I just had my door serviced and I talked about this very problem with the technician (he was actually out to replace a broken cable but I have the same problem you do, just not often enough to bother me). All of the above suggestions can cause the issue you describe; in my case he felt it was the force adjustment and messed around with it until the door seemed to shut without stopping. He said that is sometimes a problem in cold weather when the mechanism becomes more stiff and the door needs more force to close. In case you are wondering the service call for something like that is about $80, at least where I live, so it may be worth it to get a professional out there if you try all of the above suggestions and eventually give up. (I would definitely try to fix it myself, though; the only reason I had the repairman out was for the cable.)
posted by TedW at 10:55 AM on February 6, 2013

the garage door was installed when the house was built, and that was before such sensors became mandatory

I missed that the first time around; I am guessing that means the opener is at least 20 years old. It may well be time for a new opener. I have installed a couple in my house and if you are reasonably handy it can be done in a half-day or so. Hopefully one of the other suggestions will solve your problem, though.
posted by TedW at 11:00 AM on February 6, 2013

You could also have a spring occasionally binding, though I would expect you to have issues going up if the problem was with a spring.
posted by Thorzdad at 11:01 AM on February 6, 2013

Ours does this at certain times of the year when the sun is at the wrong angle and shining pretty much directly on the sensor. We checked for everything else mentioned here but in the end the only way to get it to work is to stand between the sun and the sensor cast a shadow on to it.
posted by wwax at 11:07 AM on February 6, 2013

If you can raise and lower it by hand without a struggle, look on the unit for a closing force limit control (a little screw usually).

You might want to unplug it and open up the housing to see if there's a lot of white plastic shavings from the drive cog. If you find that, it's toast. Replacing the opener isn't a big deal though because all the mounting hardware has stayed sort of similar over the years.
posted by bonobothegreat at 11:23 AM on February 6, 2013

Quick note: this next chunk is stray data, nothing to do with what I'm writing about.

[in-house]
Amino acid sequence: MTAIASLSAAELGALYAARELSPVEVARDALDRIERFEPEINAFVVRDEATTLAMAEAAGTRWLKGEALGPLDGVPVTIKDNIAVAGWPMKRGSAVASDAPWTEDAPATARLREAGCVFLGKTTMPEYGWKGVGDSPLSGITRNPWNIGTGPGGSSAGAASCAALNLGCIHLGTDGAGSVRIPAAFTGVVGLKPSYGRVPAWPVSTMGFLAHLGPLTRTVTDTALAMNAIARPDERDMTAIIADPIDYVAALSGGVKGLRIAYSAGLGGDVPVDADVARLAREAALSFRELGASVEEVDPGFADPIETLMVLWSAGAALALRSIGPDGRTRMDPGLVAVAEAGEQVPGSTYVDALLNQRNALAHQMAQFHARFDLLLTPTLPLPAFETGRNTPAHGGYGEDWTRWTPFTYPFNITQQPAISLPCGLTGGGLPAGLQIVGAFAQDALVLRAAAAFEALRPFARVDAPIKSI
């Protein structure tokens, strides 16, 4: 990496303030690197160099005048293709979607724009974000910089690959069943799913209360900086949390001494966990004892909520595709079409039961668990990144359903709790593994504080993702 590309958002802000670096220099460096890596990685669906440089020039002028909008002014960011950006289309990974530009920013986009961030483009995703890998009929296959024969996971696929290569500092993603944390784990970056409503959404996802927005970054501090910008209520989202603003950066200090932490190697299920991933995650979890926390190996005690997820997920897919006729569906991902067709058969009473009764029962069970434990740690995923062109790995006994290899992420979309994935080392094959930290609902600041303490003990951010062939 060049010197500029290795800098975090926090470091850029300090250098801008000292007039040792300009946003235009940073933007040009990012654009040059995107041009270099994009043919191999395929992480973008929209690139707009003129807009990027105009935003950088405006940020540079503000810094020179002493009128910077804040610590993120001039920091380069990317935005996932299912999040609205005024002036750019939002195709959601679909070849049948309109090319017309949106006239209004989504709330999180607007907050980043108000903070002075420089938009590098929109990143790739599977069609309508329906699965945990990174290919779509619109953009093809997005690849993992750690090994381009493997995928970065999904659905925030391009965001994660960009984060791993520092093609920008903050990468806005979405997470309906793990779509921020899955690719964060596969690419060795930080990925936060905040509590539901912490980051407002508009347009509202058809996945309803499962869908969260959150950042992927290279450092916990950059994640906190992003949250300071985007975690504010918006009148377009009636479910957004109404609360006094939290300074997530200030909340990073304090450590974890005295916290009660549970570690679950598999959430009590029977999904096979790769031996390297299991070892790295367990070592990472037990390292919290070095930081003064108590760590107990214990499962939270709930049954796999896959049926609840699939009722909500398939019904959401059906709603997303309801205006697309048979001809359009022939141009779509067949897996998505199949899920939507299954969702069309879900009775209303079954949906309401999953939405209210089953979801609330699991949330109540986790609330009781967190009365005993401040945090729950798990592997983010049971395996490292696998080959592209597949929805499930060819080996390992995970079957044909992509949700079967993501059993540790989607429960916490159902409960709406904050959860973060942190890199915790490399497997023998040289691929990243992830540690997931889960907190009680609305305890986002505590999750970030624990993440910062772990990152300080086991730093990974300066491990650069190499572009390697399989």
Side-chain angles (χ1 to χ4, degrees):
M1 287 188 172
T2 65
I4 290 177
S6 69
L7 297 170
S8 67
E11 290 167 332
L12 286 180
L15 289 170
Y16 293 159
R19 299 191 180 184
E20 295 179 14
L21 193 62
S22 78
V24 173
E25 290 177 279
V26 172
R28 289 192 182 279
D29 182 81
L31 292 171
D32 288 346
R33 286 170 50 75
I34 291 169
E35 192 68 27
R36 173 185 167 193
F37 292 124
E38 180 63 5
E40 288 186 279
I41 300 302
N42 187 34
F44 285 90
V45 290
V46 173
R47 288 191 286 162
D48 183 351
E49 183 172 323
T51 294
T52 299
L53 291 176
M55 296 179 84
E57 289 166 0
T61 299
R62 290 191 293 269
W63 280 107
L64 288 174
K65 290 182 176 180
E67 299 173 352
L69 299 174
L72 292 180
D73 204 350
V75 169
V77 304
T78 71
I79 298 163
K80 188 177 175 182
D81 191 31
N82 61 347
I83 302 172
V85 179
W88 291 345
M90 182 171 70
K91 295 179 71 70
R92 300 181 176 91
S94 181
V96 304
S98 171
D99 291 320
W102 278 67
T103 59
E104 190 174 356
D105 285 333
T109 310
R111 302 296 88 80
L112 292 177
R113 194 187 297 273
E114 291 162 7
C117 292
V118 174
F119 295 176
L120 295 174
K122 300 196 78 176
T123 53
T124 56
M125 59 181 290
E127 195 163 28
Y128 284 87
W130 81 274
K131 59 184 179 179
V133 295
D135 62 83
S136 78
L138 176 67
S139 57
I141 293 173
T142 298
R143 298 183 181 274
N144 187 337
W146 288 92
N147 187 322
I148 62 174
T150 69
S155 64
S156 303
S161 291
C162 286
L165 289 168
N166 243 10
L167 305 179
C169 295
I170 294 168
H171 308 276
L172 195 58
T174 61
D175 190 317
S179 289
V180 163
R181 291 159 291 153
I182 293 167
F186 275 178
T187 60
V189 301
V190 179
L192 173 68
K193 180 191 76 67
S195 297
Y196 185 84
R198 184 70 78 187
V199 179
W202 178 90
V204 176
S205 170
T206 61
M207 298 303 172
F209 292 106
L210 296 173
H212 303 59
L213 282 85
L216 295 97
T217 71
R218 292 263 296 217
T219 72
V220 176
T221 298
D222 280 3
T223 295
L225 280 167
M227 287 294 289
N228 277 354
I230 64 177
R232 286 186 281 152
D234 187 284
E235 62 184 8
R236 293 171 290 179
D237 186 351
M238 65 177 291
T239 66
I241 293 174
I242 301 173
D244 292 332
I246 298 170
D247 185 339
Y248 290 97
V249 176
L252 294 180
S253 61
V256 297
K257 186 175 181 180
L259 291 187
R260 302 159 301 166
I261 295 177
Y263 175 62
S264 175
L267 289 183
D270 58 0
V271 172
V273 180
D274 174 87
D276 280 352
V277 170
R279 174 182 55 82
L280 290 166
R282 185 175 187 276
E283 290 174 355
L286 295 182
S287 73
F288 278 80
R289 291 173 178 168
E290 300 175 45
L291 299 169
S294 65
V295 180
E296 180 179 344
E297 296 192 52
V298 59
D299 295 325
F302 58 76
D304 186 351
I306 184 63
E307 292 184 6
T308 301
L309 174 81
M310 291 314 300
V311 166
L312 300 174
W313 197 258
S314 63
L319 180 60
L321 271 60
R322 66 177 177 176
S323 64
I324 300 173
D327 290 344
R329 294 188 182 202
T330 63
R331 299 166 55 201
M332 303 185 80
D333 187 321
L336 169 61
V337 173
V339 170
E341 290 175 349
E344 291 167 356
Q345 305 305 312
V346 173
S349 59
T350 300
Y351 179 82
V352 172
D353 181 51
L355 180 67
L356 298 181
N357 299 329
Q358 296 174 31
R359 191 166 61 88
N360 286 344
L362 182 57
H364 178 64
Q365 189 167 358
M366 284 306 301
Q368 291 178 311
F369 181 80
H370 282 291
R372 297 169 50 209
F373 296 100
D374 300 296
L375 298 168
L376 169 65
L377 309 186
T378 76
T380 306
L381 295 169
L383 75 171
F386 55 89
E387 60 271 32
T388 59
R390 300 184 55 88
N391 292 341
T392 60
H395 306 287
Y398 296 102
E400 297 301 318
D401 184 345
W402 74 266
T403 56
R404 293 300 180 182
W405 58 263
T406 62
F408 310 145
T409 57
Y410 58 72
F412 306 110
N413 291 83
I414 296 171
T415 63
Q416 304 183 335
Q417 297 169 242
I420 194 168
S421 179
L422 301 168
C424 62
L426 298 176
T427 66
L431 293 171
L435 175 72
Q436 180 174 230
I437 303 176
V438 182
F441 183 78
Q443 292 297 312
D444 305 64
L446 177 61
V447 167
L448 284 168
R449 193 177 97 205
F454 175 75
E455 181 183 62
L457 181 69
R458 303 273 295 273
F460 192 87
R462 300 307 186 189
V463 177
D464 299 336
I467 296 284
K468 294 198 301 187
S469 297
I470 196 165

I've seen a similar problem when the arm attached to the spring (i.e. the bit that links the door to the spring) had rotated. This was because some of the bolts holding the arm to the door had weakened and allowed the arm to partially rotate. This was enough to increase the stress on the motor which stopped it from coming down.

The rotation wasn't particularly obvious (probably only about 10 degrees or so) but you could tell if you compared one side to the other.
posted by Mattat at 11:23 AM on February 6, 2013

This happened to me. I had a dust bunny hanging from the bottom of the door, and the dynamics of it were just right that it would wave in front of the little proximity sensor that detects whether someone is standing in the doorway and causes the door to automatically go back up. Make sure there is nothing waving in front of that sensor.

(In my case, the dust bunny was a barely visible wisp of junk.)
posted by Doohickie at 12:37 PM on February 6, 2013

The opposite of this happened to me recently, as the weather turned colder: our door started stopping about a quarter of the way up when opening it. I put a band-aid on the problem by giving the opening force limit control a slight turn, so that the door can open with slightly greater force. You could probably do the same with the closing force limit control. If you have to make a big change, to the point where you risk injuring a child or animal that gets stuck below the door, then it's time to replace the opener.
posted by brianogilvie at 4:19 PM on February 6, 2013

I too would guess that the weather has changed the dynamics of the door such that it is hitting some kind of force limit. And houses just settle sometimes creating bad geometry on things that used to be square. It could also be something like counterbalance springs that have gone out of adjustment.

I agree that the first step should be to pop the handle off of the opener and test the door by hand. It should move fairly easily. Meaning a healthy person of average strength should have zero trouble opening and closing it by hand. If that tests out good, then I'd wager that the opener is just worn out.
posted by gjc at 6:02 PM on February 6, 2013 [1 favorite]